Minimally invasive surgery emerged in the 1980s as a safe and effective technique to meet the surgical needs of many people. In the last 20 years, many surgeons have come to prefer it to traditional (open) surgery, which requires larger incisions and, usually, a longer hospital stay. Since then the use of minimally invasive surgery has expanded widely in many surgical specialties, including colon surgery and lung surgery
In ITM hospital and research center in minimally invasive surgery, doctors use a variety of techniques to operate with less damage to the body. In general, minimally invasive surgery is associated with less pain, a shorter hospital stays and fewer complications.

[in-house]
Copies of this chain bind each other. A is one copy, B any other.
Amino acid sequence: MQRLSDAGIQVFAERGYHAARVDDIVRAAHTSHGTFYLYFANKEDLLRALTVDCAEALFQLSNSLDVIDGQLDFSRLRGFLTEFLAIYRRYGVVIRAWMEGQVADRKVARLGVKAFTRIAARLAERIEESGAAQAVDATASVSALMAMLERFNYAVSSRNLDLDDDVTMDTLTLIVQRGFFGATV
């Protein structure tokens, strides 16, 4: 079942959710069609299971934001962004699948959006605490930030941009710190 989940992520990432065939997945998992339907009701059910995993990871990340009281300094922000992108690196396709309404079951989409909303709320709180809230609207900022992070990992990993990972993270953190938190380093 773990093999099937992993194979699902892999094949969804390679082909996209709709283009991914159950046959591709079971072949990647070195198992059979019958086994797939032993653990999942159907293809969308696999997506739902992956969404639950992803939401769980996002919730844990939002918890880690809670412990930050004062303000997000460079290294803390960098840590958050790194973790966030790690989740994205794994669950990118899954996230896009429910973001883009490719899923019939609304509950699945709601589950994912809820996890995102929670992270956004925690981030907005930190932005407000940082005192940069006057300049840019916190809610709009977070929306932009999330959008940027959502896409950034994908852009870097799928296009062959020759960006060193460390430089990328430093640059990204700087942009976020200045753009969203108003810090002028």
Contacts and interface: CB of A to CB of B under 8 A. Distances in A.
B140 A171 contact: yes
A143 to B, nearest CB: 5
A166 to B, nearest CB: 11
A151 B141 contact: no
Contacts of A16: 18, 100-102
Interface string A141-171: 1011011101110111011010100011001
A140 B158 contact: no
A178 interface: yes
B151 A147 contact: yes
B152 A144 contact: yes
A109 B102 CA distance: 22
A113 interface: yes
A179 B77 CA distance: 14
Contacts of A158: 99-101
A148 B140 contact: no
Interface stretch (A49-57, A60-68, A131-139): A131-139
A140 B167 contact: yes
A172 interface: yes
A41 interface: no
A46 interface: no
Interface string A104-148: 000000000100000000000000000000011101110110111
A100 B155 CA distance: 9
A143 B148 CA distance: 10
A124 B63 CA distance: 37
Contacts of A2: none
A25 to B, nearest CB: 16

Laparoscopy — surgery done through one or more small incisions, using small tubes and tiny cameras and surgical instruments — was one of the first types of minimally invasive surgery. Another type of minimally invasive surgery is robotic surgery. It provides a magnified, 3D views of the surgical site and helps the surgeon operate with precision, flexibility and control.
Continual innovations in minimally invasive surgery make it beneficial for people with a wide range of conditions. If you need surgery and think you may be a candidate for this approach, talk with your doctor